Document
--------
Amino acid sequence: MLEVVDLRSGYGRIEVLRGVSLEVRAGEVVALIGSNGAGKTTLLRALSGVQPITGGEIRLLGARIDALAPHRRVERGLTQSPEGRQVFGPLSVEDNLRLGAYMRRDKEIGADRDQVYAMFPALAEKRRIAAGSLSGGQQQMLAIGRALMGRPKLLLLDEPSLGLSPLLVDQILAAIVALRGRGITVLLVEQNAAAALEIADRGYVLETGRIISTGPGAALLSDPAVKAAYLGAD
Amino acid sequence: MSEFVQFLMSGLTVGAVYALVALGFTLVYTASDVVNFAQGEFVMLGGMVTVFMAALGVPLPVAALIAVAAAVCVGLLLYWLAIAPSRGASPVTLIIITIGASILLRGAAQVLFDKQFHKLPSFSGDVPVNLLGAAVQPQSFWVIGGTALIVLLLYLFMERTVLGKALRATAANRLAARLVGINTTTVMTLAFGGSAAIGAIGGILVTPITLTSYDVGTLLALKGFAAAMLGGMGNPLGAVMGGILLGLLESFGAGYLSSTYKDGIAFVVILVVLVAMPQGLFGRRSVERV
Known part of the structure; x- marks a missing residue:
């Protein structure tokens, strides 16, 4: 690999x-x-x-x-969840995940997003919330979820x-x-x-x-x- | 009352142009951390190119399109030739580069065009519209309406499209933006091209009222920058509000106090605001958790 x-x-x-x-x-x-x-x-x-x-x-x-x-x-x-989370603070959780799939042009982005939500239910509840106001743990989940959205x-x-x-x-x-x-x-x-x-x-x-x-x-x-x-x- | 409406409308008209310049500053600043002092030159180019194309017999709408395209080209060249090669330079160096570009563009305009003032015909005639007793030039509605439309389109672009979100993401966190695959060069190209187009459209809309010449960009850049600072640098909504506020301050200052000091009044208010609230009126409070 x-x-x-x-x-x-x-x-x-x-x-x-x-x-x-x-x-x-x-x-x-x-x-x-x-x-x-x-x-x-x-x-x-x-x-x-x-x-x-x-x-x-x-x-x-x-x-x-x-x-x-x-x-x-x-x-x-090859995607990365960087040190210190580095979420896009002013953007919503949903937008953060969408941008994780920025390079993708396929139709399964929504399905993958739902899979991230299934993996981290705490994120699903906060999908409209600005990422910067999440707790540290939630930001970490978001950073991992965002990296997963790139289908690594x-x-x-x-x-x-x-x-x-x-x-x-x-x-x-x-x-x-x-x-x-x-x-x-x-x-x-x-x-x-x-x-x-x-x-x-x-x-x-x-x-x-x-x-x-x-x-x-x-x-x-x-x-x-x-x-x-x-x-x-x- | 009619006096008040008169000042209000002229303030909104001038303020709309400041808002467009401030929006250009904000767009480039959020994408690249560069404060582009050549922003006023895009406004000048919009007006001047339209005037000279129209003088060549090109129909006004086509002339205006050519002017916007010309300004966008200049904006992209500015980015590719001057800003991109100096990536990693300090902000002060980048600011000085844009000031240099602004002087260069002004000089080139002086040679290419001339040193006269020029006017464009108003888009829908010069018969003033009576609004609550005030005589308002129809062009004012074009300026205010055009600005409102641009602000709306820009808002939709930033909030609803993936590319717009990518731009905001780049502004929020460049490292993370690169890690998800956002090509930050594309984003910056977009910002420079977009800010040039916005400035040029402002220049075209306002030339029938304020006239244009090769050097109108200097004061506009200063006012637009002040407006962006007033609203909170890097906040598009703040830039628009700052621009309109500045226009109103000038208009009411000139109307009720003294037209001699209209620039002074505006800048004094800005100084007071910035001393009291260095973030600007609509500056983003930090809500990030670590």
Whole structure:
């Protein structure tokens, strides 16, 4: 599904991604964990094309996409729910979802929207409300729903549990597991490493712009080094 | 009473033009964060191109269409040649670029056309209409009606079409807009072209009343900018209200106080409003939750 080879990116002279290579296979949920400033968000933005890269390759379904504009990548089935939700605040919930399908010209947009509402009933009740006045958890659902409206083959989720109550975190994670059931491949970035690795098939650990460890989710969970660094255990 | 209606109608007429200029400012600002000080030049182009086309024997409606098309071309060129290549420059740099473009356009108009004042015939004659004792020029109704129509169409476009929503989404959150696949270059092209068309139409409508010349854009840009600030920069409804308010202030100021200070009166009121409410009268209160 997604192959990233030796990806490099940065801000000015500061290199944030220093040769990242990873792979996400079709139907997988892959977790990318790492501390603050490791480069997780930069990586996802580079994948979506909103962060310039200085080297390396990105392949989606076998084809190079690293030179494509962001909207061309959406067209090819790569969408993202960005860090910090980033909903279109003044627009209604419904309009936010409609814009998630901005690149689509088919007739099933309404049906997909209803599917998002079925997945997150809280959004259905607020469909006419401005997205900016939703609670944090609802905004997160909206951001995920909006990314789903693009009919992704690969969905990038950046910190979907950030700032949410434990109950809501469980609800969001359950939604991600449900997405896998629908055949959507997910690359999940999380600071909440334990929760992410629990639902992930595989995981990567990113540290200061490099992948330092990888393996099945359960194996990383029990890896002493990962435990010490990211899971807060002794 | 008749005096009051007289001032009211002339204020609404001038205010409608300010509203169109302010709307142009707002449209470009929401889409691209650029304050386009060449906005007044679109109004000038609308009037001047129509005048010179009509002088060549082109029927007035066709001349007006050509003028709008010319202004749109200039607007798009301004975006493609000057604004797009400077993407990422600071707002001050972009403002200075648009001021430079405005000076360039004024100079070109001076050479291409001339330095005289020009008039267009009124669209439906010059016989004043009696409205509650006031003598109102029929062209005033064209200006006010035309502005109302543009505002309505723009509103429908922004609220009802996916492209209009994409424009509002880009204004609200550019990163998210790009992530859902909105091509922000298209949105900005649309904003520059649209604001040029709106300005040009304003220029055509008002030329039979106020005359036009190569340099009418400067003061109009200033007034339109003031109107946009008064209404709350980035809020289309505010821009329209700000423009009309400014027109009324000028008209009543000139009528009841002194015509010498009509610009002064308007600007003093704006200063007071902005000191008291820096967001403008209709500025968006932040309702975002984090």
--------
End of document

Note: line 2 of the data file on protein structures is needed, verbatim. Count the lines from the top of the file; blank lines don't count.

Amino acid sequence: MSEFVQFLMSGLTVGAVYALVALGFTLVYTASDVVNFAQGEFVMLGGMVTVFMAALGVPLPVAALIAVAAAVCVGLLLYWLAIAPSRGASPVTLIIITIGASILLRGAAQVLFDKQFHKLPSFSGDVPVNLLGAAVQPQSFWVIGGTALIVLLLYLFMERTVLGKALRATAANRLAARLVGINTTTVMTLAFGGSAAIGAIGGILVTPITLTSYDVGTLLALKGFAAAMLGGMGNPLGAVMGGILLGLLESFGAGYLSSTYKDGIAFVVILVVLVAMPQGLFGRRSVERV